How to Curate Content for Social Media
This is a guest post written by Gene Sower. Want to contribute? Check out the 2017 publishing calendar.
Social media is a great way for businesses to communicate with prospects, clients and customers. But when it comes to using social media for direct sales, it’s a bit of a mixed bag.
While it’s true that many companies use social media outlets like Instagram and Facebook to generate hard sales, it’s usually for products like clothing, foods, apps, hard goods, etc.
Social media really won't help your coaching sales
For many professional services companies and life, career, executive and positive psychology coaches, however, it’s not an effective way of generating direct sales. What social media does excel at for coaches, however, is inspiring people and allowing your prospects and clients to learn from your knowledge and expertise. It also helps to cement your status as an expert and confirms your position as an authority in your niche. And it’s a great way to boost your relationship with existing clients by continuing to reinforce your messages and creating opportunities for two-way engagement.
Not all social media is created equal
Before we get into curating content for social media, your number one task in embarking on a successful social media effort is to identify the appropriate outlets for your particular coaching practice.
Since coaching is a very individualized and personal service, Facebook is really a no-brainer. It’s a great place to post your blog posts, pictures, success stories and workshops. Many coaches also tap the power of private Facebook groups as a way to handle group discussions and create online tribes of followers and clients.
In fact, many coaches use private Facebook groups as a benefit to paying clients only, so ideas and information can be shared in a safe and more-private environment. It also creates value as a “premium” level of access to you.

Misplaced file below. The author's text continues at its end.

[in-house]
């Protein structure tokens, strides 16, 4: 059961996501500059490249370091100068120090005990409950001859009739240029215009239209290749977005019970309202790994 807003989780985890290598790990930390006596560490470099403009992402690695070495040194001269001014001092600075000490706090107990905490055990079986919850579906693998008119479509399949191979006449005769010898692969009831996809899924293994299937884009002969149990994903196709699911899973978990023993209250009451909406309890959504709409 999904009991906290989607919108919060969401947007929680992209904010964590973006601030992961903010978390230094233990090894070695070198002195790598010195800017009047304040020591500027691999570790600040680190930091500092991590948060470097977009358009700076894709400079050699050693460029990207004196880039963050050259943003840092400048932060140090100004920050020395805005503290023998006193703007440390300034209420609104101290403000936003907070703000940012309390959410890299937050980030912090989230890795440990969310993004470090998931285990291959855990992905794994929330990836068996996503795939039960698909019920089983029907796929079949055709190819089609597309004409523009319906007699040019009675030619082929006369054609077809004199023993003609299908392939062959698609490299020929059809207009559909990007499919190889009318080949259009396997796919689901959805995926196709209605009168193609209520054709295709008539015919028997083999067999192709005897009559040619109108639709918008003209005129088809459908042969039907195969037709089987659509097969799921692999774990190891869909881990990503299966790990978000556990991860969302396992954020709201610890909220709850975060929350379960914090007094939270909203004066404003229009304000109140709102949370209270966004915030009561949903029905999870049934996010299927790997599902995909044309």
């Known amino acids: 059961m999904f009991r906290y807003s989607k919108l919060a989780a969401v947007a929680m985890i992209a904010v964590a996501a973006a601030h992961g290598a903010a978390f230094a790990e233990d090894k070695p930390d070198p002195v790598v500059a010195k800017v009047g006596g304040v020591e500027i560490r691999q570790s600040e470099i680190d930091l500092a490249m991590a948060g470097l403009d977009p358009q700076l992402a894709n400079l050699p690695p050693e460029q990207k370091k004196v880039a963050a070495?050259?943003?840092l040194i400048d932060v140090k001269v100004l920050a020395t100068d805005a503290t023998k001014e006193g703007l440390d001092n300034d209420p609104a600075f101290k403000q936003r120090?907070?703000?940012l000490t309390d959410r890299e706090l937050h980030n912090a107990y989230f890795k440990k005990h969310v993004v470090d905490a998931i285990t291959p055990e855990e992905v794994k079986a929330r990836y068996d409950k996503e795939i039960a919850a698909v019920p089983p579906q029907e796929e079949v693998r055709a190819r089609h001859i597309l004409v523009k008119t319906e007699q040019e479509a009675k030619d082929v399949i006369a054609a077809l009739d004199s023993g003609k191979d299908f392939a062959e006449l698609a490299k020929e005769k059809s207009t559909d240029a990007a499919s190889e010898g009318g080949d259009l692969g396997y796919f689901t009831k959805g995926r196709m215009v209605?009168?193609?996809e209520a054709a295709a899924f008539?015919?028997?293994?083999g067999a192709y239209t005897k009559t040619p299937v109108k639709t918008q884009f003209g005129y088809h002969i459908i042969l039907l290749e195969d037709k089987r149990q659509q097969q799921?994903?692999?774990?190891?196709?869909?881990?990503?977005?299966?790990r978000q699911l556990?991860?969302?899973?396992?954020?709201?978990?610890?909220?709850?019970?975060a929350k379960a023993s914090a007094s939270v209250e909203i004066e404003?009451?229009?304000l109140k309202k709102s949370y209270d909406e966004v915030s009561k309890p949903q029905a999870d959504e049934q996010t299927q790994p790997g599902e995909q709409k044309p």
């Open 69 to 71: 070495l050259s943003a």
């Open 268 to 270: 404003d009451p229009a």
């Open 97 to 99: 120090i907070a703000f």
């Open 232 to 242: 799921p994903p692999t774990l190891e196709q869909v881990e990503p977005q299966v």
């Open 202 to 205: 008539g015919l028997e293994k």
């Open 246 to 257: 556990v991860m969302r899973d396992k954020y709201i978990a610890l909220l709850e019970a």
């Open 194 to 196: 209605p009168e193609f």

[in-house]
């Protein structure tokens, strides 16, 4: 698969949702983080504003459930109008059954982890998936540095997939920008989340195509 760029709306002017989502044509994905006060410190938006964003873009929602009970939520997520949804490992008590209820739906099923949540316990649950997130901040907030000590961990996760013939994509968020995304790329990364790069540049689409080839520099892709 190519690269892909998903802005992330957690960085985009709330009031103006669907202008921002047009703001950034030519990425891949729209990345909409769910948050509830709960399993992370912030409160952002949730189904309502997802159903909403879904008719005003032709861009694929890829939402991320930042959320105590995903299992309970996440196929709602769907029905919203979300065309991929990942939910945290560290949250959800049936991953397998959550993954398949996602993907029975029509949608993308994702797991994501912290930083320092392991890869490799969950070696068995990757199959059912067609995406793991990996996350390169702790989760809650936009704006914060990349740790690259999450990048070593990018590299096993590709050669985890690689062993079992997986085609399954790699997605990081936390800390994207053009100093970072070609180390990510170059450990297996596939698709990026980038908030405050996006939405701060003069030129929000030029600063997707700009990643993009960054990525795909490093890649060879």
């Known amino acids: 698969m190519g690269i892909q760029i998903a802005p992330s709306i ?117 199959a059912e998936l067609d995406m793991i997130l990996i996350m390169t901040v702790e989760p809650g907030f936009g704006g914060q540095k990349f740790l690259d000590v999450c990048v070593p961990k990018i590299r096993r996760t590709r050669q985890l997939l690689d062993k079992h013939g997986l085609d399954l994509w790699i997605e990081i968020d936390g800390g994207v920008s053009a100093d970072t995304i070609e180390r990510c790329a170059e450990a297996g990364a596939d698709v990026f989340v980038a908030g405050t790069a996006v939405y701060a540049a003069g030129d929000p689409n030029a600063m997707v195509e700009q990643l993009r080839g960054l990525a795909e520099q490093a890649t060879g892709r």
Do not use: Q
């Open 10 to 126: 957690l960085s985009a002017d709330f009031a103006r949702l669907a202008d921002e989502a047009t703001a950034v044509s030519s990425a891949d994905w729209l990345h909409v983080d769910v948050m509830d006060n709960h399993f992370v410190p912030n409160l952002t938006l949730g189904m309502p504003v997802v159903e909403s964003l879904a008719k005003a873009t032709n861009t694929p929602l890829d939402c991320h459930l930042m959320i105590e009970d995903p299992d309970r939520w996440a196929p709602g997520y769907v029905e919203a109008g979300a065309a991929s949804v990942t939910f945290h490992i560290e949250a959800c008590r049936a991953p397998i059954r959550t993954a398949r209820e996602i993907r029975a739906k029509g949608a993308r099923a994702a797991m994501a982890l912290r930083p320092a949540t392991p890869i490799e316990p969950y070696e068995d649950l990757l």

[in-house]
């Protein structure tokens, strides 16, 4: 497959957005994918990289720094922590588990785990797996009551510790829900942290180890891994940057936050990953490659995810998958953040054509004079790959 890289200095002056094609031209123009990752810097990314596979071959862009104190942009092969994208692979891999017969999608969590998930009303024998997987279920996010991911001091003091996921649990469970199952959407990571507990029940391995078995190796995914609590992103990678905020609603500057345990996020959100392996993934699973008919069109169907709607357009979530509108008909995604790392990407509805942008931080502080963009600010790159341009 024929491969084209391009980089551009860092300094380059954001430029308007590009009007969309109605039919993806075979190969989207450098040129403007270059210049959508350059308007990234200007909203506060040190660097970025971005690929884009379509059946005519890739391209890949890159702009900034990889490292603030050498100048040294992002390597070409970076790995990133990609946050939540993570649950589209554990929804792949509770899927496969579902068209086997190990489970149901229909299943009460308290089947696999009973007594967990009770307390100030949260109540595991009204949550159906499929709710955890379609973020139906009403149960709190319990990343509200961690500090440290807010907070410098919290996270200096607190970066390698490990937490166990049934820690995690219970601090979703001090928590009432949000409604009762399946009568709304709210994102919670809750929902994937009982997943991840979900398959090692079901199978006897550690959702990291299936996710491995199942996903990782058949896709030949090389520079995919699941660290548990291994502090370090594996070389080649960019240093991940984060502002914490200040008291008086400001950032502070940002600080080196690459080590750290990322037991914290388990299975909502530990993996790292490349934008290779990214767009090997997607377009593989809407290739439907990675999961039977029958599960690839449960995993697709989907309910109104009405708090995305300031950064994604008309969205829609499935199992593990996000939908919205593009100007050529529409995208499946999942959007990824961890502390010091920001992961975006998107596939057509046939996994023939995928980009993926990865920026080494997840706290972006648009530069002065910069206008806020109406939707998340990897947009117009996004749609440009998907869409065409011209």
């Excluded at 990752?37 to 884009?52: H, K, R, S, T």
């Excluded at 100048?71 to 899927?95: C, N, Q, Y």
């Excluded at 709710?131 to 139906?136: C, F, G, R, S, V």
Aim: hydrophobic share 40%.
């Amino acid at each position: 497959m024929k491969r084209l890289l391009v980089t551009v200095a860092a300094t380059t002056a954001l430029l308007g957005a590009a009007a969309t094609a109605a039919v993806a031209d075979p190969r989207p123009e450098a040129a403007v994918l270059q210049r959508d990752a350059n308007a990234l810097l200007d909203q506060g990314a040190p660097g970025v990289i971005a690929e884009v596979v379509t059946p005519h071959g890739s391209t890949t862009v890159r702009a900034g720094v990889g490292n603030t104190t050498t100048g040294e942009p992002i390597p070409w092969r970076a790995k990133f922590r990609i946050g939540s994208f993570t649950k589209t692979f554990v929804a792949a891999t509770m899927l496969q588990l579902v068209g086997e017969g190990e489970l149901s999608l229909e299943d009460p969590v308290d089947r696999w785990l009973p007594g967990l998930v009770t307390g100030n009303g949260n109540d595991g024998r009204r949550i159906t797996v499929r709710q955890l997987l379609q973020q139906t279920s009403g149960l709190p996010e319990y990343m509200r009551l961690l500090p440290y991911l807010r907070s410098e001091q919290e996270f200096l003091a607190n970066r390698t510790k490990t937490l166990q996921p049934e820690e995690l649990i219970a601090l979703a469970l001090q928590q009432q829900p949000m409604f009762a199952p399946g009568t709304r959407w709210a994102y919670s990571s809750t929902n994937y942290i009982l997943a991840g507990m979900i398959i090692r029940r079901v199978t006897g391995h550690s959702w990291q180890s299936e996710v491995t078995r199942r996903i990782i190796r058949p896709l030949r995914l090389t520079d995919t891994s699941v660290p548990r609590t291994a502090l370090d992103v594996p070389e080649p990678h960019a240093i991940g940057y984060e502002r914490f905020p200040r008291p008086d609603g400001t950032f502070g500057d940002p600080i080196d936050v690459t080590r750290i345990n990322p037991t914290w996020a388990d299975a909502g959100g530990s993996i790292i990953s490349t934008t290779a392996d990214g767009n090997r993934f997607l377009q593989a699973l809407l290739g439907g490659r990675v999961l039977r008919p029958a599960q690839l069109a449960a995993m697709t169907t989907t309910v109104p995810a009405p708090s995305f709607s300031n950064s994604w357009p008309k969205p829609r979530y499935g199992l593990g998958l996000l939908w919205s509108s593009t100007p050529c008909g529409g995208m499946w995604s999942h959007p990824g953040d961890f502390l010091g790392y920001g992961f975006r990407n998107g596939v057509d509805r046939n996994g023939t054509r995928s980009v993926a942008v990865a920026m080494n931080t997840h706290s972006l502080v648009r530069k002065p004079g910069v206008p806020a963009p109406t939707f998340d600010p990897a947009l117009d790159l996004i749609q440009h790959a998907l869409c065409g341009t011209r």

Beyond Facebook, LinkedIn is a great place to be, not only for your own networking and professional visibility, but to reach potential clients where they go for business information and to research people (you?) that they are thinking of doing business with. And the Pulse tool within LinkedIn is a free publishing platform that allows you to post content directly on LinkedIn, so your content can be visible and shared with all your followers.
Twitter is probably the most misunderstood social media platform but it is one of our favorites. Our favorite features is the ability to sort followers into lists so you can tag relevant influencers who can help share your content with others. Twitter is also where hashtags rule (it’s also a huge feature within Instagram). Hashtags allow you to join related conversations as well as LISTEN and research other topics of conversation.
Try searching the hashtags #lifecoach and #lifecoaching and you’ll immediately see many of the conversations and other influencers who are participating in that topic. While I could write a whole blog post on Twitter alone, let me just say that if you are comfortable with social media in general and Twitter specifically, join it. If you are not either of those, put it aside for later.
This skews a bit younger and is a very graphic-focused platform. Instagram is also where hashtags reign supreme. The only reason I hesitate at all to recommend Instagram is because A: You can’t post content with clickable links. B: Instagram is harder to automate and even harder to scale since Instagram is accessed mainly through an app on mobile devices. We recently did find an app for our computer desktops called Gramblr, that allows you to post to Instagram from your desktop.